Reprinted from Portage Lake: Memories of an Ojibwe Child- hood, by the late Maude Kegg, edited and transcribed by John D. Nichols. University of Minnesota Press.
Mewinzha Gabekanaansing ingii-taamin. Miish a’aw ni- noshenh, bezhig wa’aw ninoshenh, “Adaawewigamigong izhaadaa,” ikido. Miish wii-wiiji’iweyaan. Niwii-wiijiiwaa adaawewigamigong izhaad. Ziinzibaakwadoons iko nimiinig a’aw Waandane gii-inaa a’aw adaawewinini.
Niwenda-ondendam wii-wiiji’iweyaan gaa-pi-izhi-wiijii- wag. Waasa ingii-izhaamin ingoji go naanan maagizhaa gaye ingodwaaswi diba’igan.
Miish eta go miinawaa imaa gezikwendamaan imaa inibi- moseyaang miikana, odaabaanikana. Mii eta go eniginid a’aw odaabaan. Inzhaashaaginizide gaye, basikawaanagwaa ingiw asiniinsag imaa ani-bimoseyaan.
Baanimaa go imaa gaa-bimooded mikinaakoons en- da-agaashiinyi. Mii imaa izhi-inaabiyaan indigo naa gaa-wa- noodewaad mikinaakoonsag. Mii go bijinag gii-paash- kaawe’owaad.
“Wewiib,” ikido aabanaabamid, “jibwaa-onaagoshig ji-da- goshinaang iwidi endaayaang.”
“Gaawiin,” indinaa, “niwii-naganaasiig ingiw mikinaakoon- sag. Dibi ge-izhaawaagwen.”
Enda-nishkaadizi. “Wiiwegin imaa gigoodaazhishing! Maa- migin! Zaaga’iganiing ga-ani-izhaamin,” ikido.
Mii imaa endazhitaayaan maamiginagwaa baabii’id imaa, maamiginagwaa ingoji go nisimidana, niibowa sa go mikinaa- koonsag, imaa ingoodaazhenzhishing ezhi-wiiweginagwaa, bimoseyaang.
Gomaapii dash igo azhigwa geget zaaga’igan imaa ayaamagad. “Mii imaa o-bagidin,” ikido, “mii ingiw mikinaa- koonsag.” Mii ini-bimoseyaang gaa-izhi-izhaayaang imaa jiigi- biig, miish imaa bebezhig ezhi-bagidinagwaa imaa nibiikaang.
“Gaawiin,” ikido, “mii imaa endazhiikewaad ingiw miki- naakwag,” ikido. Miish ezhi-bagidinagwaa imaa bebezhig, ganawaabamagwaa maamaajiikwazhiwewaad. Enda-wawi- yadendaagoziwag.
Mii eta go imaa minik gezikwendamaan.
The Little Snapping Turtle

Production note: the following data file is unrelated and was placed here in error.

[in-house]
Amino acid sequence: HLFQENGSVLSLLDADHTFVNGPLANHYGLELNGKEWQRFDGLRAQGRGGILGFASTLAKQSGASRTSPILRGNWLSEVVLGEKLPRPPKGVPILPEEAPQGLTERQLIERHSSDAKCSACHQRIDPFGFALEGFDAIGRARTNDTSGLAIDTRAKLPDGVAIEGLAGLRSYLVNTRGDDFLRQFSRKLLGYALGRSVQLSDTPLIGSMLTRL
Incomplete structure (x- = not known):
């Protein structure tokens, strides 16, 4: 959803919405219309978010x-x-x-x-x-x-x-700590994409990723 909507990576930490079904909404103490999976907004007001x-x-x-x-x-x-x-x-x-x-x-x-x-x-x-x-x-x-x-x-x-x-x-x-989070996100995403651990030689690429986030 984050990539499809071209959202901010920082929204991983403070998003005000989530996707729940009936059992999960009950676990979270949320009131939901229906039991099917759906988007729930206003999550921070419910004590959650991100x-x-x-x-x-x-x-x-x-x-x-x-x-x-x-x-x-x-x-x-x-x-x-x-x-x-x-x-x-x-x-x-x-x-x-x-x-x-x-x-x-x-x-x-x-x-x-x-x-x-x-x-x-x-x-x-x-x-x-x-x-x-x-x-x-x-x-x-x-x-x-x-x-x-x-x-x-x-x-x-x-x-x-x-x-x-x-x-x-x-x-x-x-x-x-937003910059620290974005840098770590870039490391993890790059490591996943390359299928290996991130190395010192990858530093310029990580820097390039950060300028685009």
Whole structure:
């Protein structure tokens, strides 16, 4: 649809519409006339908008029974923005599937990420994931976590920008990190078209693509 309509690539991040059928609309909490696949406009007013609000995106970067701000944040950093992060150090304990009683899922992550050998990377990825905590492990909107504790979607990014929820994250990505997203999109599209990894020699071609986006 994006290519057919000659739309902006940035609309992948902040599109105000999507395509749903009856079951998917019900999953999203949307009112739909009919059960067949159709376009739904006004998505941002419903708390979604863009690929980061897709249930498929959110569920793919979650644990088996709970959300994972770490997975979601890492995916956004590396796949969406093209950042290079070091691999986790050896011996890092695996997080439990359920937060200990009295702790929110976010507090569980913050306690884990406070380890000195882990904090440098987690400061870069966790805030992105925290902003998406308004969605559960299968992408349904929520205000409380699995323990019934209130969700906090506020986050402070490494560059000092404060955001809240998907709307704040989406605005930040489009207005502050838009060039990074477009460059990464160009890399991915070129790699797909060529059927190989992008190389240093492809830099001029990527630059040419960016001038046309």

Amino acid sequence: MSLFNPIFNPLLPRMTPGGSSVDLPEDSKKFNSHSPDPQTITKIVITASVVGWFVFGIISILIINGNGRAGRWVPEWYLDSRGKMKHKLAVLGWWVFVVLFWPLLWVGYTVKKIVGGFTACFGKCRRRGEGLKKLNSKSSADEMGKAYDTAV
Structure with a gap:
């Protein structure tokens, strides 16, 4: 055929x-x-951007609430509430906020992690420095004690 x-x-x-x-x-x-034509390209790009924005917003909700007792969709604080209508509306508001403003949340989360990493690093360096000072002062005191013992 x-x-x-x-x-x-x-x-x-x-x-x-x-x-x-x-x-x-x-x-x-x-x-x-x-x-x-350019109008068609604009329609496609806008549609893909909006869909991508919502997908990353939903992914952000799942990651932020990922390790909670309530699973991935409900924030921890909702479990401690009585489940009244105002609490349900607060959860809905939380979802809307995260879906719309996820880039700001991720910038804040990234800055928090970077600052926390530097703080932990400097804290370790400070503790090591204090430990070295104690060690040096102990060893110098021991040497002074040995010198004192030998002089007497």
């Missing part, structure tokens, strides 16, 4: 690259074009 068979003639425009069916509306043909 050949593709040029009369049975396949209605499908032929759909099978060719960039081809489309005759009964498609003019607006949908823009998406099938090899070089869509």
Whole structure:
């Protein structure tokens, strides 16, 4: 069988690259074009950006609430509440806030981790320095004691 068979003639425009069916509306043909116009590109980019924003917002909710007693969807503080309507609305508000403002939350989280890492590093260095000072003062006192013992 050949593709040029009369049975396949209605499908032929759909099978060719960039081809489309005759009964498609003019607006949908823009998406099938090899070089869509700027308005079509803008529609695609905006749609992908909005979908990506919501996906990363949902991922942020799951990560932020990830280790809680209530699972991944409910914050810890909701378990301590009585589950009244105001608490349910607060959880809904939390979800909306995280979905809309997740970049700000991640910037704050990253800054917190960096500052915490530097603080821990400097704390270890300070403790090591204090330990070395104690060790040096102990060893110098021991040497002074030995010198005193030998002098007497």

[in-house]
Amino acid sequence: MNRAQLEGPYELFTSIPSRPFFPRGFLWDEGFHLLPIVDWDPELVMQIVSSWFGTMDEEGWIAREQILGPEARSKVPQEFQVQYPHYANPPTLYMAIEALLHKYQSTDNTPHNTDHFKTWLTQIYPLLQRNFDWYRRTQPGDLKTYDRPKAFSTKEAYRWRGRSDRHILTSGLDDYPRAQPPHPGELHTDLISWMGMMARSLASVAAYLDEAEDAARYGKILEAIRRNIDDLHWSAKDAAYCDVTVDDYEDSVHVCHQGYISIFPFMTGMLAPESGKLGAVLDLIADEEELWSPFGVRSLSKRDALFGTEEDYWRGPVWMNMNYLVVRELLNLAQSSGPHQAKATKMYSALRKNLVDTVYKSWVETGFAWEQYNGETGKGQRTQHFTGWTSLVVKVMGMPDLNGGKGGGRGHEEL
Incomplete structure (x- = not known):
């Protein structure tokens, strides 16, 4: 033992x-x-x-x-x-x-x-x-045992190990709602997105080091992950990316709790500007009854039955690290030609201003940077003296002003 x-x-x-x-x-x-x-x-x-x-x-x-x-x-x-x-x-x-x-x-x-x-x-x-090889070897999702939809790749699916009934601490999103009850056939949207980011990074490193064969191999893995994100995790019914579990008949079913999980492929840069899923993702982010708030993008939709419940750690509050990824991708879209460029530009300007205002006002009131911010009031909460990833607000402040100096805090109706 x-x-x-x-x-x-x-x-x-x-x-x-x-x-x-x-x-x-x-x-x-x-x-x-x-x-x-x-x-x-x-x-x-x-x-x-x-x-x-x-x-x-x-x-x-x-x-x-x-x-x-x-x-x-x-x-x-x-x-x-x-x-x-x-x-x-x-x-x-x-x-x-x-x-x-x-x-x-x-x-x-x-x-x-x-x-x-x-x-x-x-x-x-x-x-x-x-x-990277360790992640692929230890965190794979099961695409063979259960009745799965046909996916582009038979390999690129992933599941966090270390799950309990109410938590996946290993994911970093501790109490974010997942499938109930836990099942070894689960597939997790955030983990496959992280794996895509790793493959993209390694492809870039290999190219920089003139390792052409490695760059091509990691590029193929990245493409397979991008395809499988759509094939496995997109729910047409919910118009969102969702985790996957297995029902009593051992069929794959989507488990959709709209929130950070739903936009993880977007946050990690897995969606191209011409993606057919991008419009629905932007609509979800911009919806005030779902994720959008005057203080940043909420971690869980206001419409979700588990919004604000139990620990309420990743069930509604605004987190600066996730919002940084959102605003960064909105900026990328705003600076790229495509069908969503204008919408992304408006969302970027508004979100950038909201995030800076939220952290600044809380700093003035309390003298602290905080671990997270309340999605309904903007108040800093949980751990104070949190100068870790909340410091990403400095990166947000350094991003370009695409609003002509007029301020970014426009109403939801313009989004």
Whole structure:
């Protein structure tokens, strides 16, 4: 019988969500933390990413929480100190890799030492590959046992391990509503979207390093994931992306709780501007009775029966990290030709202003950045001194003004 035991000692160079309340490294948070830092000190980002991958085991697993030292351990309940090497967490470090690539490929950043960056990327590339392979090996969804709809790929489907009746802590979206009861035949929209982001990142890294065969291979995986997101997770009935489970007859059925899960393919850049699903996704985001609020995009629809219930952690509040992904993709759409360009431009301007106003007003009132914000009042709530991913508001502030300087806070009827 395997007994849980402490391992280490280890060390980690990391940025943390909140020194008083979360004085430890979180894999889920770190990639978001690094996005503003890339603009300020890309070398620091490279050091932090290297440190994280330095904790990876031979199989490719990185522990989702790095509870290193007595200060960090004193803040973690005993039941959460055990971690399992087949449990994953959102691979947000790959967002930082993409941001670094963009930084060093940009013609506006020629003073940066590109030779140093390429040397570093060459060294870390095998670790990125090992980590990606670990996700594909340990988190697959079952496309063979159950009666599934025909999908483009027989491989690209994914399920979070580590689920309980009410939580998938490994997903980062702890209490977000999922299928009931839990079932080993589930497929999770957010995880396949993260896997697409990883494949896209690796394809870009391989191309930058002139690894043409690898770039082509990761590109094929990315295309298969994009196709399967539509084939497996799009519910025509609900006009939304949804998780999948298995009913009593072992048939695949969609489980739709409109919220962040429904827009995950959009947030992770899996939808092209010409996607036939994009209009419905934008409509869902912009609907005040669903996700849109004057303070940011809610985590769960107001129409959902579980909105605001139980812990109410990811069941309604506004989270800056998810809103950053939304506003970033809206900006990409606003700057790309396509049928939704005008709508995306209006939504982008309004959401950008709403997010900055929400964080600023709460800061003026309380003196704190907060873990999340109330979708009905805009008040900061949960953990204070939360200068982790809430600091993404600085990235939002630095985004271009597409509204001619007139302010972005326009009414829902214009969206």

Long ago we lived at Portage Lake. One of my aunts said, “Let’s go to the store.” I wanted to go along. I wanted to go with her to the store. The storekeeper, Waandane he was called, used to give me candy.
I was determined to go along, so I went with her. We went a long way, maybe five or six miles.
And then I remember again that we were walking along in the road, the wagon road. It was only as big as a wagon. I was barefoot and kicked the stones as we walked along.
All of a sudden there was a real small turtle crawling along. When I looked there, there were a lot of turtles crawling around. They had just hatched.
“Hurry up,” she said turning to look at me, “so we get home before evening.”
“No,” I told her, “I won’t leave these little turtles. I wonder where they are going.”
She was just mad. “Wrap them in your skirt! Pick them up! We’ll go by a lake on our way,” she said.
And so I got busy and picked them up while she waited for me, picked up about thirty, a whole lot of those turtles, and wrapped them in my little skirt as we walked along.
Sure enough after a while there was a lake. “Go and put those turtles in,” she said. As we went by the shore, I released them one-by-one in the water.
“I’m afraid they’ll drown.”
“No,” she said, “that’s where snapping turtles live,” she said. And so I put them down one-by-one and watched them swim away. They were so cute.
And that’s all I remember of that.